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H-bridge HELP NEEDED ! ! ! ! !

I searched every shop in my area couldnt find a single piece of H.so i thought to make it with logic gates as 7400 series is available. but before i buy i wanna know if my design is feasible? and is there any possibility of damaging of chip (logic gates).i'm using a GEARED MOTOR in my H-bridge

H-Bridge.png23.3 KB

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Your design might be working, but I can’t see how the logical gate would be able to supply the current needed for the motors. I think this is a dead end and would recommend that you take the normal transistor road.

that your circuit will release the magic smoke from your logic gates. I doubt they are meant to supply much more than a few tens of mA (i.e. maybe 25 or 30 mA). The reason, as I understand it, for using transistors is due to their current handling capabilities.

Your logic gate layout seems solid, just the electrical concepts are getting in the way. :) I would imagine connecting the output of the logic gates to a resistor and from there to the base of a suitable transistor would accomplish the pin saving goal of your h-bridge.

why dont you order online ?

The gate logic seems ok, but you can't just drive a motor with logic gates (the transistors they are made of are really low power, just like a microcontroller's pin driving tranzistors)

What you need to do is turn 4 tranzistors on and off with the output of the logic gates. This may require a change in your logic circuit design, because you will probably have to use both PNP and NPN tranzistors and they are turned on differently. (PNP conduct when the base is connected to ground [ - ] and NPN conduct when the base is connected to [ + ])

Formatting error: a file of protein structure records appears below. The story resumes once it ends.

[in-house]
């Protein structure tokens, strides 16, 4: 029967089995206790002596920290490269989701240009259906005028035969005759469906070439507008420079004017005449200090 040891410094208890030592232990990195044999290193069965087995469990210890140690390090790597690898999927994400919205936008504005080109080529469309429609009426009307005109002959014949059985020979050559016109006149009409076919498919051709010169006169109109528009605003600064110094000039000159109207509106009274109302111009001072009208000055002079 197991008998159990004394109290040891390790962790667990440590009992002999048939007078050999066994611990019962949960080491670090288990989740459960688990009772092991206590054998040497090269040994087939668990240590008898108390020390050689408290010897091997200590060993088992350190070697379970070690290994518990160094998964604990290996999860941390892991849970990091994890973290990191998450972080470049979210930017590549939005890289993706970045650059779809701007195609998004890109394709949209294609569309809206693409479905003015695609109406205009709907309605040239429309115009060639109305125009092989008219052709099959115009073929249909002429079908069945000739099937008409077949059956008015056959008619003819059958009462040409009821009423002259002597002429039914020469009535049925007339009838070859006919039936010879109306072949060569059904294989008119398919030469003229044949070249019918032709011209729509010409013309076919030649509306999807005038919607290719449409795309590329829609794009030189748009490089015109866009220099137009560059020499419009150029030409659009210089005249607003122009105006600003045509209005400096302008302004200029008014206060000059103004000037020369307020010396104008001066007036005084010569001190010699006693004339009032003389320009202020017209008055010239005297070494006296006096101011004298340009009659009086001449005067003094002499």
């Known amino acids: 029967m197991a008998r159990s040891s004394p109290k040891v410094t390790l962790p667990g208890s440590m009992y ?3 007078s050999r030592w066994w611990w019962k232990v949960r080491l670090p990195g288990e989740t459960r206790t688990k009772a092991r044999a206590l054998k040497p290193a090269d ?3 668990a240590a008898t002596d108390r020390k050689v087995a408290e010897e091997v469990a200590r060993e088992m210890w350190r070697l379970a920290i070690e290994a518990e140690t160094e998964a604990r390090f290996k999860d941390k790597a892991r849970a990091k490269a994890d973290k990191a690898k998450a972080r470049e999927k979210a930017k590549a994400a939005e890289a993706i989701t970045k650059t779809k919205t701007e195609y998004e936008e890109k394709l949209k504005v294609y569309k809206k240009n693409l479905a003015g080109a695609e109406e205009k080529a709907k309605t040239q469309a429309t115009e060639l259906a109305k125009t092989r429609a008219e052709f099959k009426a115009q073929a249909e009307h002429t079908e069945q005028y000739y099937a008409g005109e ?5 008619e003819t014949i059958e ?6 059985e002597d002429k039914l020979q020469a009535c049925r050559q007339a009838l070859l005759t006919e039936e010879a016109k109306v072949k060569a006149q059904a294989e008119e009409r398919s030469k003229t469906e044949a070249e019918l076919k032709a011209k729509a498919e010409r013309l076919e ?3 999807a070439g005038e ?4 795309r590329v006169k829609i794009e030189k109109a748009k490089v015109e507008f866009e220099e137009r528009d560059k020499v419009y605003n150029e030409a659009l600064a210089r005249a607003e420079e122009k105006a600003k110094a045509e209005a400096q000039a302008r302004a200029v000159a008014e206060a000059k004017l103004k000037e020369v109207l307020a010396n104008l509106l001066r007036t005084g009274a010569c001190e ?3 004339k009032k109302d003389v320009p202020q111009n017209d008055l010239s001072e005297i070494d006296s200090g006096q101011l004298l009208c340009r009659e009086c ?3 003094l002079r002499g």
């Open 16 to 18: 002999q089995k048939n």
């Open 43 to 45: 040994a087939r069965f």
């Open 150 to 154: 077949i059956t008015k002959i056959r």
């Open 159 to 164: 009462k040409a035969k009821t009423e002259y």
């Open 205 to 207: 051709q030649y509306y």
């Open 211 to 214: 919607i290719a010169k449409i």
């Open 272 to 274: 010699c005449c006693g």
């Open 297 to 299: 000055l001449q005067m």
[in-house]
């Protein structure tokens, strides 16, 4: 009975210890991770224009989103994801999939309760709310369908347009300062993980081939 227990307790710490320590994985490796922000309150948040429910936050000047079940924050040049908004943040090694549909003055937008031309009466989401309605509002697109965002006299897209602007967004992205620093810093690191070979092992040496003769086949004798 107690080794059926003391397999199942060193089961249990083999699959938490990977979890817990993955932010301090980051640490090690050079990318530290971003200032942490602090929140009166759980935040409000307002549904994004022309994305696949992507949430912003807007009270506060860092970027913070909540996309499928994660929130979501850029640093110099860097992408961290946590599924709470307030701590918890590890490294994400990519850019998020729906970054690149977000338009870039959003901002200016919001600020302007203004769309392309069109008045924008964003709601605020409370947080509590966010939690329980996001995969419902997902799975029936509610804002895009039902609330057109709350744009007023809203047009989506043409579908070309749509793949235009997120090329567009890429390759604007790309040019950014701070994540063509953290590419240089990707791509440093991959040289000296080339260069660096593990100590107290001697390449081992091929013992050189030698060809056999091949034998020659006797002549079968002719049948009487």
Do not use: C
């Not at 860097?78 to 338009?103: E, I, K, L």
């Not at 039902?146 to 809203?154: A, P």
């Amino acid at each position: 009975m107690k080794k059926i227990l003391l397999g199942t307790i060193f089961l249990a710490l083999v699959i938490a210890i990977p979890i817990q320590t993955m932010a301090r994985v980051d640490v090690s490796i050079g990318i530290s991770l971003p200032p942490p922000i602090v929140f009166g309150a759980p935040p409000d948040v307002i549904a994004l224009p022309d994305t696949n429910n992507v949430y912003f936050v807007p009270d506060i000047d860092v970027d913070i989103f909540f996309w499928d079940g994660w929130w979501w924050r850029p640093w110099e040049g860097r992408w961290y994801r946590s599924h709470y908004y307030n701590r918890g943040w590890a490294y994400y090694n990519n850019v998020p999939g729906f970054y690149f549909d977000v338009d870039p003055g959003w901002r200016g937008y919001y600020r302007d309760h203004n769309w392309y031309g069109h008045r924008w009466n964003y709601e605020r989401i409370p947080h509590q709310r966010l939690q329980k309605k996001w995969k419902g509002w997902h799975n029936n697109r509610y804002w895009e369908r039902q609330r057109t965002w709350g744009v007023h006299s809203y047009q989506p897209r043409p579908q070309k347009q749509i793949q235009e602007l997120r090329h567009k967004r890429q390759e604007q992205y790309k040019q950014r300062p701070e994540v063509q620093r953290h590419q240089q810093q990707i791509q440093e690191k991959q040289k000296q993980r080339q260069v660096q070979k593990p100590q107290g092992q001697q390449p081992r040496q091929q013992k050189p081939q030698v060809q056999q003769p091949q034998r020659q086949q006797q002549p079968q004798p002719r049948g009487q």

I would suggest you read this http://www.mcmanis.com/chuck/robotics/tutorial/h-bridge/

This tutorial was the basis for my first H-Bridge and it worked perfectly.


Read the rules, R2-D2, thanks :)

Are you trying to use the 7400 chip to do PWM as shown on Dave Cook's Robot Room?

There are some practical limitations to this approach, as Dave points out in his article. You will need additional transistors to drive the motors, as others have pointed out.

You may want to try this out as a learning experience, but for practical use, you can build an h-bridge pretty easily.

The LMR H-Bridge Matrix provides a few practical examples, and a lot of good info on the subject.

Also, Dan M recently posted a practical and safe h-bridge design. He posts a variation here.

Dan M is cool..I like this bridge..

As everyone has pointed out, driving motors directly will be limited by the output of the logic chip. You seem to favor the 74xx chips but here are some 74x24x based motor drivers. Each leg can provide 35mA and can be stacked or used in parallel for more current. Chances are your geared motors will pull far more than is reasonable for these designs though. If you have specs for the motor it can help us (and you!) determine what is suitable for your needs.

Thanks to all of you guys.i wonder there is still so much to learn about a simple H bridge..